“Exams ought to be abolished.” Discuss.

Right. No offence here, Lizzy, but thank Christ, Buddha, Allah or whoever that that’s finally over. Don’t get me wrong, I’m not setting up shop with the republican camp here: the Royal Family are a good source of revenue and much less imposing than a President would be. There is just something about slightly tipsy middle-aged women with bingo wings and pseudo-racist flag bashing which brings out the most tedious side of British culture.

Plus, on a studenty level, the entire weekend provided a sickening opportunity for the Twittersphere to indulge in a pitiful lament about the sorry state of the economy, and how the money spent on the jubilee celebrations could have funded another 3,000 Greggs in East Yorkshire.

Irritating? Yes. Pointless? Undoubtedly. But worst of all is the fact that the majority of us don’t need another painful reminder of how utterly – if you’ll excuse my French – fucked our collective job prospects are. Unless you’ve been living under a rock, or in Westwood, you’ll know that we’re in a double-dip recession. No one has any money; so while everyone owes everyone, no one can pay.

Even from our closeted and bubbled world of university academia this prospect already seems more intimidating than a skinhead Ukrainian fan at the European Championships. And yet we laugh it away because we’re currently safe, cut-off for the moment from the real world by our bohemian lifestyle, a steady income courtesy of Student Finance and a Facebook group dedicated entirely to the Warwick duck populace.

All of which brings me somewhat maladroitly onto the subject of this week’s missive: examinations. As this final term advances – and the majority of students sit some form of timed-assessment – the wall between this world and George Osborne’s shudders and then goes full Berliner. Everyone suddenly remembers that this collective sojourn actually counts and ill-concealed panic erupts.

The situation is made worse in that, while the threat and stress of exams is nothing new, the stakes are increasing year-on-year. You and I are paying around £3,000 a year during a financial slump to further our job prospects. Imagine the pressure, four years from now, on a student who has accumulated effectively £27-36,000 of debt and is told to sit down and prove their intelligence – and by extension employability – based upon the outcome of a two hour exam. Suicide rates are going to skyrocket.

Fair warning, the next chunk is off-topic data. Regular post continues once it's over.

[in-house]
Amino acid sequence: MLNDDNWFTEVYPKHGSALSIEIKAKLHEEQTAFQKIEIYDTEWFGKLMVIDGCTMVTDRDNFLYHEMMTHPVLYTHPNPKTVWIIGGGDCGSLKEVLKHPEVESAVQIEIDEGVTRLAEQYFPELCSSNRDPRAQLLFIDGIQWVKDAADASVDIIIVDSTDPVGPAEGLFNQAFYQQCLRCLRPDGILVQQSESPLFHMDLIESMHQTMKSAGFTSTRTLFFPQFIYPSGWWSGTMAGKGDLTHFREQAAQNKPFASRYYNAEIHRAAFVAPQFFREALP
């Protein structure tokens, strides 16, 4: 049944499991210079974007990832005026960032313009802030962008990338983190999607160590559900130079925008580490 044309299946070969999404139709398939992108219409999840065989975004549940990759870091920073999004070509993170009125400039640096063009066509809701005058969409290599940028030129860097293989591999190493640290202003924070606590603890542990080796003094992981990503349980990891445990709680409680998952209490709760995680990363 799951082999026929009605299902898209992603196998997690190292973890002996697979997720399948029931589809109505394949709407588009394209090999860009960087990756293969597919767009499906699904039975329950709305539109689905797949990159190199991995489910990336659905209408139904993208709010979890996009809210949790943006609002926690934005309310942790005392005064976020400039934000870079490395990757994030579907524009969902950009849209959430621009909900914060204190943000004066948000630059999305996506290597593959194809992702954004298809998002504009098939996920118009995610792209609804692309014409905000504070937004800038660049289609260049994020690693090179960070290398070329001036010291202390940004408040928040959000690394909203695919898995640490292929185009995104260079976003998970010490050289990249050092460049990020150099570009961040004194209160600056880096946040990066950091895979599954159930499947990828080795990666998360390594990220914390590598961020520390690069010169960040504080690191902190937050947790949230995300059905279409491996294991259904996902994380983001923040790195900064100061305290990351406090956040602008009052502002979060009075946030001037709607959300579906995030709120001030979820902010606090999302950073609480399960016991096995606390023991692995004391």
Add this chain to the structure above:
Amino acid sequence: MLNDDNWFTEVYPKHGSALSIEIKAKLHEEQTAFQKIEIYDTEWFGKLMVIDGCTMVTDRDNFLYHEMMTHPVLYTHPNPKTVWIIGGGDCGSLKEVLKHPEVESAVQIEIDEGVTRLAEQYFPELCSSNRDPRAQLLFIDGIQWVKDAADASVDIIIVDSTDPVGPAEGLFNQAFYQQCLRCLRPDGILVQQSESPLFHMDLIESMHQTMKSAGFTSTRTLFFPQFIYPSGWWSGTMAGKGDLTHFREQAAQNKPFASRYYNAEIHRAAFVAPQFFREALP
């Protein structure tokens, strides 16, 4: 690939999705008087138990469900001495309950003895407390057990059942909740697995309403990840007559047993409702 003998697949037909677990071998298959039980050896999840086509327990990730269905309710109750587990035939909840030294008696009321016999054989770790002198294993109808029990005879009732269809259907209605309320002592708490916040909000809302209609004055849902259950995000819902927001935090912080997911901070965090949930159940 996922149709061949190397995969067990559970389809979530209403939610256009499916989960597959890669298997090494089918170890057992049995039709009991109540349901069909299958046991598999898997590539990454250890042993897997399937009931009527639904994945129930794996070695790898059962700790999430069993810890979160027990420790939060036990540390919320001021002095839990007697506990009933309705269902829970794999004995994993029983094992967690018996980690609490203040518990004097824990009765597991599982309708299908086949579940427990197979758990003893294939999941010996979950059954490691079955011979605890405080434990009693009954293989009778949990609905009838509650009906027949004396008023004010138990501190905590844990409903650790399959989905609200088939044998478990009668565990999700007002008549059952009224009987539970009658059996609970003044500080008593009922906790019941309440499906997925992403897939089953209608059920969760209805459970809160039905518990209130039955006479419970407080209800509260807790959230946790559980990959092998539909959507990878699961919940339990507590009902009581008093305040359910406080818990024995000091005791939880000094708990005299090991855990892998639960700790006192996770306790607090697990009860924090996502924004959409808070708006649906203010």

It’s a twofold issue.

In the good old days, when tuition was free, university was as much about the process of study as bettering oneself. Now though, thanks to various different governments, the focus has shifted onto value – as students we’re morphing increasingly into consumers rather than producers. Whether you see the monetisation of higher education as a good thing or not is secondary to the matter that is has become increasingly influenced by market forces.

Whilst in isolation this is a change which unis might be seen as adapting to, in context there’s evidently a gap between method and intention. On the one hand tertiary education is still held up as a bastion of learning, even though the other is simultaneously illustrating the process as an investment in a future career.

The evident contradictions here are enacted at their most fundamental level in end of year exams, which are caught between the inadequacy of properly representing full academic capabilities and the failure to provide a genuine marker of general employability.

Think about it, no exam – irrespective of thoroughness – will be able to validate a year or more of study. Similarly, you can gibber on about ‘transferable skills’ all you like, but my scant knowledge of Byronic heroes isn’t going to help me land a job with a fancy London PR company.

As a system it makes no sense whatsoever. You’d create a more rational approach in questioning my left bollock. So why does it persist? Simple, tests are useful because they are comparatively low-maintenance and easy to quantify. This may have worked when there was only one purpose of assessment, but it evidently isn’t up to scratch when sitting on the fence between two.

Either the examination process needs to change and expand to fulfil both the presently heralded benefits of a uni education or the establishment needs to reprioritise the subject and properly quantify it; for example, through continuous assessment in the form of performance monitoring, increased coursework and vivas.

In short then, exams are like the monarchy – anachronistic, daft, pointless and just asking to be replaced by something better.

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